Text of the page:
I have to admit, I get tired of novels where the main character is beautiful. Or worse yet, she’s beautiful but she just doesn’t know it. The cliche gets to me. Thankfully, Fire’s physical attraction didn’t irk me. While she is stunning, it causes her more problems than gives her benefits and her ability to control minds is far more fascinating.
As we’ve all heard, “with great power comes great responsibility.” Fire is aware of that much more so than her deceased monster father. She’s sensitive, almost shy at times. A lifetime of people wanting her for all the wrong reasons has made her wary.
To add to her appeal (for me, anyway), she has a horse. His name is Small, and I want him. He reminds me more of a dog than any horse I’ve ever met. He’s adorable. I’m always fascinated with the bond between humans and animals, or monster and animal, in this case.
What I love most about Fire is its pacing. There is no instant gratification. From its romance to the the fate of the land, Fire takes its sweet time in bringing the climactic resolutions about. When they do finally come, they blow you away.
Pearl in the Sand is a gem of a novel.
I picked it up because of its cover then decided the premise sounded pretty interesting. I brought it home then let it languish on my shelf for awhile. But then I read Sandy’s review of it which led me to Juju’s review and I knew I had to start it.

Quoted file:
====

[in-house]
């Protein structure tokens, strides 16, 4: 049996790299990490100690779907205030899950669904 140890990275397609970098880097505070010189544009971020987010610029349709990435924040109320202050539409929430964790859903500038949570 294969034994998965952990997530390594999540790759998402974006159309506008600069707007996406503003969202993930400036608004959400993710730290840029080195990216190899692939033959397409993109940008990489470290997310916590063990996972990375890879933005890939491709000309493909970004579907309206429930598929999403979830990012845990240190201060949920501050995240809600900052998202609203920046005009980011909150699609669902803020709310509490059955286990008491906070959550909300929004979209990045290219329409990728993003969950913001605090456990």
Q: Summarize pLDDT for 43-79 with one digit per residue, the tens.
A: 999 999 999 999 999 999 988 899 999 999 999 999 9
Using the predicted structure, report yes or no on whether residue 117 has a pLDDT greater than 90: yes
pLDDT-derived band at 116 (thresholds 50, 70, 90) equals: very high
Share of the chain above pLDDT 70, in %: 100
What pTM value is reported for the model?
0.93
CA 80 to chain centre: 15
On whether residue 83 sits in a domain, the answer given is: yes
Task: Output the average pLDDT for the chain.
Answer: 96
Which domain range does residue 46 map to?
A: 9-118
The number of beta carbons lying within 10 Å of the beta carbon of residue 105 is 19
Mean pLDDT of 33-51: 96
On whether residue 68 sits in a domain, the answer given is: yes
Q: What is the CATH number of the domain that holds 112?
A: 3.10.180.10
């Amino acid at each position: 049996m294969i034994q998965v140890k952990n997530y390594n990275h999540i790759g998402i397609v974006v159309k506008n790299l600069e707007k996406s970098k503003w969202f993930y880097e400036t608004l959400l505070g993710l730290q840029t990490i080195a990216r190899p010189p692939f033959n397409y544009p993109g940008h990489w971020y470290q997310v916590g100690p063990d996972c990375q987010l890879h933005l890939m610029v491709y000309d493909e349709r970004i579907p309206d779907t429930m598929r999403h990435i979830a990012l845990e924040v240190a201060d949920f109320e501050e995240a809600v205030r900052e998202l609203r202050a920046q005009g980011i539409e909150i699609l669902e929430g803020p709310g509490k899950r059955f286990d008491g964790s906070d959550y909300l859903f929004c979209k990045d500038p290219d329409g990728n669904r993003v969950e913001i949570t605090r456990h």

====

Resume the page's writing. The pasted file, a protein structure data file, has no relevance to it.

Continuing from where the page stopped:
I’m so glad I did; it’s really lovely.
Pearl in the Sand is a fictional take on the story of Rahab. At the beginning of the book, she’s a prostitute. By the end, her faith has changed and she’s… well, I don’t want to spoil it for you.
When Rahab decides to join the Hebrews, she ardently takes on their customs and their God. Since Pearl in the Sand is written in first person, Rahab’s introspection is on herself and it doesn’t feel as if the author is using Rahab’s change of heart to blatantly preach at the reader, something I’ve found often in Christian fiction books written in third person.
As for Rahab, she’s a lovely person from the beginning of the novel. She’s very intelligent and has done well with the circumstances she was thrust into.
The love interest, Salmone, on the other hand, is a complete idiot. At first. He judges Rahab unjustly, not caring of what she is now, only of what she has been. Yet it’s carefully shown that he is a fair leader and a kind man to his family and friends. He eventually warms up to her. (Boy, does he ever.)
One issue I was surprised didn’t come up was Salmone’s previous marriage. It seemed to me that, with all the insecurities Rahab had, thinking of his previous wife would have drawn up comparison’s in Rahab’s mind but nothing of the sort was mentioned. Perhaps that was best, as she already had enough insecurities to sink a ship.
For those familiar with the Bible, while reading, I wondered if the reason Boaz, Rahab’s son, was able to accept Ruth was because his mother was an outsider herself.
I found Pearl in the Sand to be a beautiful story of faith and love, starring a woman who initially loses the first and doesn’t believe she’s worthy of the latter.
Tessa Afshar’s second book, Harvest of Rubies, was just released earlier this year and I won’t be taking nearly as long to read it as I did her first.